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Hamamatsu at Long Last

Hamamatsu is a city I’ve wanted to visit for a long time—so long ago, in fact, that I can’t remember why I initially wanted to go.

It’s also a place to which I’ve previously canceled two planned visits. First in September 2022, when a typhoon roared across Shizuoka prefecture on the day I planned to go. And second in April 2023, when the contours of that year’s sakura bloom meant it made sense to go elsewhere at that time.

Thankfully, I finally ticked the city off my bucket list in October 2023, so I can now answer the question I imagine has point you toward this post. Is Hamamatsu worth visiting?

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Where (or Whether) to Stay in Hamamatsu

I’ve done my fair share of searching for Hamamatsu hotels. On my first and second trips (both of which never ended up happening), I had a stay booked at the city’s Daiwa Roynet, which as you may remember is one of my favorite business hotel brands in Japan. The third time, I ended up reserving a room at Kitanoiwa The Kuretakeso, where I was extremely excited to sleep for a night.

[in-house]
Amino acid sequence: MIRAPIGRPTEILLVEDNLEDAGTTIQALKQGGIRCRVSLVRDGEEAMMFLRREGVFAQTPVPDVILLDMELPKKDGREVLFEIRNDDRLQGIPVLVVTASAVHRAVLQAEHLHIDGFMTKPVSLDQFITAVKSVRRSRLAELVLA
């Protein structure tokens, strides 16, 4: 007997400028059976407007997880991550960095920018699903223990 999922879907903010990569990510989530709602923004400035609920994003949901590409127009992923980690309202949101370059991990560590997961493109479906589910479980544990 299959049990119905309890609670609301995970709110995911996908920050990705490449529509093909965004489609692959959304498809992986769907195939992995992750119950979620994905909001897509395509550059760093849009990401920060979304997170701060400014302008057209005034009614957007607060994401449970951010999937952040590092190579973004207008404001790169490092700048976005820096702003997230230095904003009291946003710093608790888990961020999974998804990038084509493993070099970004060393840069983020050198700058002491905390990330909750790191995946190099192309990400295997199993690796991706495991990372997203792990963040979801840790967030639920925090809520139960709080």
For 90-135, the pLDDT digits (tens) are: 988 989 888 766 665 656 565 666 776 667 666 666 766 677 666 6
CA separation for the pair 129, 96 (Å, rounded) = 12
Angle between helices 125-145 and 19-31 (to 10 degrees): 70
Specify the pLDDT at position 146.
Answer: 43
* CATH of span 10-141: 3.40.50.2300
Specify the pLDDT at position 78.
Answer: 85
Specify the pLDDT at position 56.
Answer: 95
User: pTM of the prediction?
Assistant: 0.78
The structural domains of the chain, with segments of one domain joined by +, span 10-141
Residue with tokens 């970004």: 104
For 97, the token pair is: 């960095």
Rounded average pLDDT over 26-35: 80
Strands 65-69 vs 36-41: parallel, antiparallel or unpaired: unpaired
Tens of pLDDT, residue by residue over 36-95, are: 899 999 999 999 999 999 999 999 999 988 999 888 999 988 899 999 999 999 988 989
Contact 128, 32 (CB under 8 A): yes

In the end, however—and for reasons relating more to logistics and my energy level than to Hamamatsu itself, or to its merits as a destination—I simply ended up coming for morning and afternoon from Tokyo. While I don’t doubt that I would’ve enjoyed Hamamatsu more had I stayed overnight, the good news is that I now have first-hand evidence that it works beautiful as a day trip from Tokyo.

Things to Do in Hamamatsu (if You Go)

Say a prayer beneath the Heart Sutra


I’ll be honest: I don’t have much in-depth knowledge about Buddhism, in spite of how much I’ve traveled in Japan and Asia more broadly. Still, there’s something viscerally moving about the massive calligraphy of the world’s largest Heart Sutra scripture, which is housed in the otherwise ordinary Ryoun-ji temple, located about 15 minutes from Hamamatsu Station by bus.

Enjoy the view from ACT City